Thursday, September 10, 2009

"Nor have the babies been forgotten"

For more than a year, April 1, 1921, to July 1, 1922, Abigail Fithian Halsey (aka Aunt Babbie, sister of Lizbeth May Halsey White & Rev. Jesse Halsey) served as secretary of the Women's Community Building in Ithaca, planning and directing the various activities of the center and, according to the organization's board of directors, successfully fostering "the growth of a real community spirit in Ithaca."

The Women's Community Building housed the City Federation of Women's Organizations, created in 1910 and comprising clubs such as the Women's Club, League of Women Voters, Child Study Club, and Cornell Women's Club. The WCB took as its purpose the provision of "opportunities that enrich the lives of women of all ages and their families through its diverse services." According to the WCB's official history:
The need for a building had been evident from the federation's inception. In 1920, the year the Nineteenth Amendment became law giving women the right to vote, the federation purchased the Winton-Brooks mansion on the corner of Seneca and Cayuga Streets in downtown Ithaca. The mansion served as the federation's center until 1959, when, because of the demand for additional space, the women of the federation raised the funds to build the present Women's Community Building on the same site.
Beginning her work at the WCB shortly after it opened, when the building had "only recently been taking over by the women, and the project had hardly formed," Abigail created a
...home where girls and women from all parts of the city and county have felt free to come for recreation, rest, or meetings, with sleeping accommodations for 14 permanent residents and three or four transients, with recreation rooms for the use of all the girls in the city, a public restroom which, during the first three months it was open, was used by 2,800 women and children, and rooms where 22 organizations have met... -Ithaca Times, June-July 1922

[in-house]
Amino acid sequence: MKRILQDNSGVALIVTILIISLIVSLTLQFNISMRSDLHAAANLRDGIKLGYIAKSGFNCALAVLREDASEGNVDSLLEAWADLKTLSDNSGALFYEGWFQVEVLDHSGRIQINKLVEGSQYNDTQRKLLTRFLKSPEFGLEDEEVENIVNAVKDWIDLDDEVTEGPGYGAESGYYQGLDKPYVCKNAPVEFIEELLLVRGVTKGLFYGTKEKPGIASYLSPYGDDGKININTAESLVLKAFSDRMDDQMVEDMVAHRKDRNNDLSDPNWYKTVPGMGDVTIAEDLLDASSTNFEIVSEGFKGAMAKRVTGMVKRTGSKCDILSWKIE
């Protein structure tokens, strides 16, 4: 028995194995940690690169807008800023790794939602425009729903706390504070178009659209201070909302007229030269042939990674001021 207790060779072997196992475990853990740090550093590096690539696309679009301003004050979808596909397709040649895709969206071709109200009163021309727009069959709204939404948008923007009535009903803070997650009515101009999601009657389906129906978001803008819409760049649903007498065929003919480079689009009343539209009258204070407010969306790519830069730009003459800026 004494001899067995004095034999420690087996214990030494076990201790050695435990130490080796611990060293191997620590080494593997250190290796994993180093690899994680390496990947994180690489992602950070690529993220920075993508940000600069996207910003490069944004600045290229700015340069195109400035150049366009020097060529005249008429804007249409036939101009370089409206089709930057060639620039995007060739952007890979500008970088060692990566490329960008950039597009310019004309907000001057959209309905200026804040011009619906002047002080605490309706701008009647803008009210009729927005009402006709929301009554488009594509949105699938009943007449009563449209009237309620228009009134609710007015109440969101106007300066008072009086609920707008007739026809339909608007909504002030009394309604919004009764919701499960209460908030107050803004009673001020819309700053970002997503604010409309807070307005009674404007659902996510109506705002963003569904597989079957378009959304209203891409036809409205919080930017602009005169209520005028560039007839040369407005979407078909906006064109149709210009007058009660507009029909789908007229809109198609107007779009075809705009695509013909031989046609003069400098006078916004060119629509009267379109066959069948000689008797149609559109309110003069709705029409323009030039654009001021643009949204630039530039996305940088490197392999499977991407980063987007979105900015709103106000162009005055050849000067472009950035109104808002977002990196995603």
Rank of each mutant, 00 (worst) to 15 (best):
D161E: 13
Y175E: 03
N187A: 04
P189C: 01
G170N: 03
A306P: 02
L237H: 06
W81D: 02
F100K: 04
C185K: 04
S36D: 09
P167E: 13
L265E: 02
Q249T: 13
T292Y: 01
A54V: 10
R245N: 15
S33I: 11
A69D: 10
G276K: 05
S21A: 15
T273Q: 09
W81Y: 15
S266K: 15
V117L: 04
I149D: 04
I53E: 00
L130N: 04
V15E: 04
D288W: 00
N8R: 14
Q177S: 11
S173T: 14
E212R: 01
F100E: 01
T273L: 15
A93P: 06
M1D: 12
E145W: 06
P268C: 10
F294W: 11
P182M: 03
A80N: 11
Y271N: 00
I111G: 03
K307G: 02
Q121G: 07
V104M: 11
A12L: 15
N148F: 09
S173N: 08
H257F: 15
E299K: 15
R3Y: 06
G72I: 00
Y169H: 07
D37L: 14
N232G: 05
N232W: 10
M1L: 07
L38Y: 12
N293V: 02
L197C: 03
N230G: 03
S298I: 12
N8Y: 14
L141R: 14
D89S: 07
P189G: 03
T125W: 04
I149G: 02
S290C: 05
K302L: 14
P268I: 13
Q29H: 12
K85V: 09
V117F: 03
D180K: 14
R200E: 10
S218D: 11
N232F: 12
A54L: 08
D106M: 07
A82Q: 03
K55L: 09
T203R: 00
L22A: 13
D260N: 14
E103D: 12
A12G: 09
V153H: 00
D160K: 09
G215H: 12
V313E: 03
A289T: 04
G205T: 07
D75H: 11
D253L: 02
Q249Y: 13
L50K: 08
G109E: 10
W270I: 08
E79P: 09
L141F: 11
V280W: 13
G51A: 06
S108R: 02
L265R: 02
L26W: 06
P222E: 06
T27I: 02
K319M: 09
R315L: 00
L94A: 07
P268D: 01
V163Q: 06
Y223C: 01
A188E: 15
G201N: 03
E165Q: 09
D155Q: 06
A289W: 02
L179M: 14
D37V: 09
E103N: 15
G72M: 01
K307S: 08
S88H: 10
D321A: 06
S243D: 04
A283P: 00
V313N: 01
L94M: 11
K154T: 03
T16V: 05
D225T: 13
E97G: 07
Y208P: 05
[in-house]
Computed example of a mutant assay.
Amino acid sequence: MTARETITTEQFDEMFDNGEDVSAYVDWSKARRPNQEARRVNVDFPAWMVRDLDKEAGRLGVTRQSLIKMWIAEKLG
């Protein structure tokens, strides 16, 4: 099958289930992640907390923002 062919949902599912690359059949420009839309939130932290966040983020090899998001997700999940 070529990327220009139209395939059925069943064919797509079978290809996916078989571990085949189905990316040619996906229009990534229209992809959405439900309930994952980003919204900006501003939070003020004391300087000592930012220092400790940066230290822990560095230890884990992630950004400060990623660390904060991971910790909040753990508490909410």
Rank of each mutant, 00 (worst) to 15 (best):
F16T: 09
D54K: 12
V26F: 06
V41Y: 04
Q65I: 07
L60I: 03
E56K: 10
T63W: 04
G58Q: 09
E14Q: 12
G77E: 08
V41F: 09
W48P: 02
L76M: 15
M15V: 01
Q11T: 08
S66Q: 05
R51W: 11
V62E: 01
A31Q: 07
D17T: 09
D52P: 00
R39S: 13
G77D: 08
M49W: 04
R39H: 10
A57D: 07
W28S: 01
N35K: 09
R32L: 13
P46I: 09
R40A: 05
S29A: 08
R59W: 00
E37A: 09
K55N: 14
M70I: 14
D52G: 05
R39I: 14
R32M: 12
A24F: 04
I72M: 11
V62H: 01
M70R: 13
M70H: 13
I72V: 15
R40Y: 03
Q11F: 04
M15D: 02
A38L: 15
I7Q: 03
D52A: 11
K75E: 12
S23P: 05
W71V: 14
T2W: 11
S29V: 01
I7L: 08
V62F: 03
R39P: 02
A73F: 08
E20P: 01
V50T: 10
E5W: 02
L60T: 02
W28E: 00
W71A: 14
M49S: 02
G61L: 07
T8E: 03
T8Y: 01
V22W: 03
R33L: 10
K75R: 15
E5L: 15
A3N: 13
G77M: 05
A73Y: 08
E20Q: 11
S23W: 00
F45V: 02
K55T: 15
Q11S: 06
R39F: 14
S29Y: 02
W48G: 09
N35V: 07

During Abigail's tenure, approximately 500 women and girls participated in classes at the WCB in subjects including sewing, hat making, home making, home nursing, swimming, dance, and drama. Abigail also organized a Young Women's Community Club, the members of which were described as mostly "working girls." She directed the Dramatic club, presenting plays for various audiences around the city; wrote and produced two historical pageants, one at the Tompkins County Fair, the other at the Ithaca City Hospital; conducted a popular Saturday afternoon story hour for the "little tots"; and created an exhibition and discussion series entitled Baby Week.

Prior to working at the WCB, Abigail taught in public and private schools around the country and worked for the Red Cross, Camp Fire Girls, and Girl Scouts.
Upon her resignation from the Community Building in July 1922 to pursue study "of the work in which she is particularly interested" at Columbia University, an article in the Ithaca Times reported this about Abigail's directorship at the WCB:
Girls away from home, working women and their friends have learned to find at the Community Building a home where they can become acquainted, a place where there is always welcome and where special suppers and entertainments are always held on holidays to which new comers in the city are particularly welcome. Then men, too, are learning that they are not to be excluded from the building and many have been attending the musicales and entertainments.

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